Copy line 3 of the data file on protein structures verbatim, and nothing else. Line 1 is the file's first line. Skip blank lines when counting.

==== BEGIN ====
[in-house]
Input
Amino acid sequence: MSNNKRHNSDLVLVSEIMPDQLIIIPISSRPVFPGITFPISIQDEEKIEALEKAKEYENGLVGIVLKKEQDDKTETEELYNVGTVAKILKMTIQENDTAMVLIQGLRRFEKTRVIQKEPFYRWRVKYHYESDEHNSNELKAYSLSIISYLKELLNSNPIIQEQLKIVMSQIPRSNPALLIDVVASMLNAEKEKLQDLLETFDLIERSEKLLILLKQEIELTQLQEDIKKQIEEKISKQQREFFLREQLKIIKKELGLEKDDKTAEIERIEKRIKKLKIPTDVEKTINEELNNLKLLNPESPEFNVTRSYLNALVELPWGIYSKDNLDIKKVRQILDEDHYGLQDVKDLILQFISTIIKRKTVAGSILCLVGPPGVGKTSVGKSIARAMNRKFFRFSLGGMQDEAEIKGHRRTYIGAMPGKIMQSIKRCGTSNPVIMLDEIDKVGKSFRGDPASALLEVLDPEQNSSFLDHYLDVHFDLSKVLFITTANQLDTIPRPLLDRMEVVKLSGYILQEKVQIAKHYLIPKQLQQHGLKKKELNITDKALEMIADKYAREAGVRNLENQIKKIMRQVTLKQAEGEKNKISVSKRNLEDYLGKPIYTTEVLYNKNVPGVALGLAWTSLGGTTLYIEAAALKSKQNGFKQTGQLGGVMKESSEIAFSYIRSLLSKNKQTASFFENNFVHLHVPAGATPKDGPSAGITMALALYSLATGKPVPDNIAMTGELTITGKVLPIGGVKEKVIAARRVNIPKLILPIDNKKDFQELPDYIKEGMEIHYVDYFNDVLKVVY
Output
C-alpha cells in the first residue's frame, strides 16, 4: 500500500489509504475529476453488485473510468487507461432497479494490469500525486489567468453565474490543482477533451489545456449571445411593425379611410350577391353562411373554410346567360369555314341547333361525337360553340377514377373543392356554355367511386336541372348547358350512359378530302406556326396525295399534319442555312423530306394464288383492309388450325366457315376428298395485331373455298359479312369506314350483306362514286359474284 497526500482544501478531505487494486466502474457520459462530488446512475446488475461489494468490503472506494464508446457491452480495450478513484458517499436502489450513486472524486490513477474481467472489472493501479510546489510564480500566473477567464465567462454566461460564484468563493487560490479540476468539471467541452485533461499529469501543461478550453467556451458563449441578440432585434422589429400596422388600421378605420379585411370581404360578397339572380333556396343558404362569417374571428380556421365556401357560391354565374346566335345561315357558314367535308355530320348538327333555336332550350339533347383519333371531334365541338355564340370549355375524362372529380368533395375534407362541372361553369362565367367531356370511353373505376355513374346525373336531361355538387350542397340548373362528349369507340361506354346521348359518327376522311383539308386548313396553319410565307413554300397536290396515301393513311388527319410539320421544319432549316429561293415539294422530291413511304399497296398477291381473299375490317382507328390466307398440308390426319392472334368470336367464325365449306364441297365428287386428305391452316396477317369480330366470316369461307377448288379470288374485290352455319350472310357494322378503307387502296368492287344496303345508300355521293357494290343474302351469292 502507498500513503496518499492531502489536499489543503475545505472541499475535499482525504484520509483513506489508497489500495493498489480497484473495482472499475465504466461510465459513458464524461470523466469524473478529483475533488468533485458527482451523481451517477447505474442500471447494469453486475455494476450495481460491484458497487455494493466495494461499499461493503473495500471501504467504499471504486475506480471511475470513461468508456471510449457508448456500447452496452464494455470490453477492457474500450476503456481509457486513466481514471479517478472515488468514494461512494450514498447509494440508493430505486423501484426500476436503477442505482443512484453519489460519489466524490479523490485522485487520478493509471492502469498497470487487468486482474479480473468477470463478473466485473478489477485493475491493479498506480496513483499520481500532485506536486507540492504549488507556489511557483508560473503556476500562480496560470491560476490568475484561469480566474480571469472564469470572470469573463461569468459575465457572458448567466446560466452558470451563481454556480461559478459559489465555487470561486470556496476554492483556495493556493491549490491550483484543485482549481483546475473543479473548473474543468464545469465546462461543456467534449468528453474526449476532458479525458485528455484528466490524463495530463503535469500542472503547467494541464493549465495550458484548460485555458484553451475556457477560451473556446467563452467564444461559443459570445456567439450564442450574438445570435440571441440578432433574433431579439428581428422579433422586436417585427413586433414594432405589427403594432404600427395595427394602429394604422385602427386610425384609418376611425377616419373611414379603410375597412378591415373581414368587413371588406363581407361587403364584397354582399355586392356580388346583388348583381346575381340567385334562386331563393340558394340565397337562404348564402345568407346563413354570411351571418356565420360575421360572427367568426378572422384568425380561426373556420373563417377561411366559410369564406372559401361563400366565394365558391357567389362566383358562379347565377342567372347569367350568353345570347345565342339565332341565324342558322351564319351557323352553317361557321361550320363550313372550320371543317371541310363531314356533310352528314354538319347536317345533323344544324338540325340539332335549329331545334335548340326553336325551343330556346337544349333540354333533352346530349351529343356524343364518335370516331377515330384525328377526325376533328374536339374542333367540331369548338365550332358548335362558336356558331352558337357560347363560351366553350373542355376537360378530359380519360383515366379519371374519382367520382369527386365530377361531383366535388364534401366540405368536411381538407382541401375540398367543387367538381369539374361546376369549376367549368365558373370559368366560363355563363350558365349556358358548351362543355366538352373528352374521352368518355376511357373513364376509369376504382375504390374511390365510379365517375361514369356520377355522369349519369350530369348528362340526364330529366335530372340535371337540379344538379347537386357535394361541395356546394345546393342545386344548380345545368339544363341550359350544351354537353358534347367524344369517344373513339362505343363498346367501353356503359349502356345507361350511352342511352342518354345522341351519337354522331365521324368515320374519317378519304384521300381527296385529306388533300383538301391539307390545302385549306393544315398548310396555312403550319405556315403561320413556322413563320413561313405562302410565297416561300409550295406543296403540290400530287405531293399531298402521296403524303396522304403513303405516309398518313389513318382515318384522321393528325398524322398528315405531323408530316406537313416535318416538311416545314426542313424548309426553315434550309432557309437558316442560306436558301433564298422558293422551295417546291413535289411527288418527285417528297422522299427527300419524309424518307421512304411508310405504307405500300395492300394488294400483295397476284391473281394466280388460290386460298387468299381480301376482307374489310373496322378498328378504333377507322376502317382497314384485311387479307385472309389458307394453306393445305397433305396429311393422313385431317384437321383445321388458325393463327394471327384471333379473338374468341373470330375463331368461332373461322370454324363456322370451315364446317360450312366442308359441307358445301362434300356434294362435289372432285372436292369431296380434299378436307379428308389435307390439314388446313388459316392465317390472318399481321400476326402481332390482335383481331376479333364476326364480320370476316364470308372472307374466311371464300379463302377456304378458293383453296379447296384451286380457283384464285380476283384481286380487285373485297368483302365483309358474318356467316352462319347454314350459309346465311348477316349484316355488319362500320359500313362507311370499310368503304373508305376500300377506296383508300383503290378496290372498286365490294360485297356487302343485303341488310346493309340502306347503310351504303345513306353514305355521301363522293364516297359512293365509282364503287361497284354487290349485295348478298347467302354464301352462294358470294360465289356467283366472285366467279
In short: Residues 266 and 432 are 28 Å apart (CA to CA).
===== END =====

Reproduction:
Amino acid sequence: MSNNKRHNSDLVLVSEIMPDQLIIIPISSRPVFPGITFPISIQDEEKIEALEKAKEYENGLVGIVLKKEQDDKTETEELYNVGTVAKILKMTIQENDTAMVLIQGLRRFEKTRVIQKEPFYRWRVKYHYESDEHNSNELKAYSLSIISYLKELLNSNPIIQEQLKIVMSQIPRSNPALLIDVVASMLNAEKEKLQDLLETFDLIERSEKLLILLKQEIELTQLQEDIKKQIEEKISKQQREFFLREQLKIIKKELGLEKDDKTAEIERIEKRIKKLKIPTDVEKTINEELNNLKLLNPESPEFNVTRSYLNALVELPWGIYSKDNLDIKKVRQILDEDHYGLQDVKDLILQFISTIIKRKTVAGSILCLVGPPGVGKTSVGKSIARAMNRKFFRFSLGGMQDEAEIKGHRRTYIGAMPGKIMQSIKRCGTSNPVIMLDEIDKVGKSFRGDPASALLEVLDPEQNSSFLDHYLDVHFDLSKVLFITTANQLDTIPRPLLDRMEVVKLSGYILQEKVQIAKHYLIPKQLQQHGLKKKELNITDKALEMIADKYAREAGVRNLENQIKKIMRQVTLKQAEGEKNKISVSKRNLEDYLGKPIYTTEVLYNKNVPGVALGLAWTSLGGTTLYIEAAALKSKQNGFKQTGQLGGVMKESSEIAFSYIRSLLSKNKQTASFFENNFVHLHVPAGATPKDGPSAGITMALALYSLATGKPVPDNIAMTGELTITGKVLPIGGVKEKVIAARRVNIPKLILPIDNKKDFQELPDYIKEGMEIHYVDYFNDVLKVVY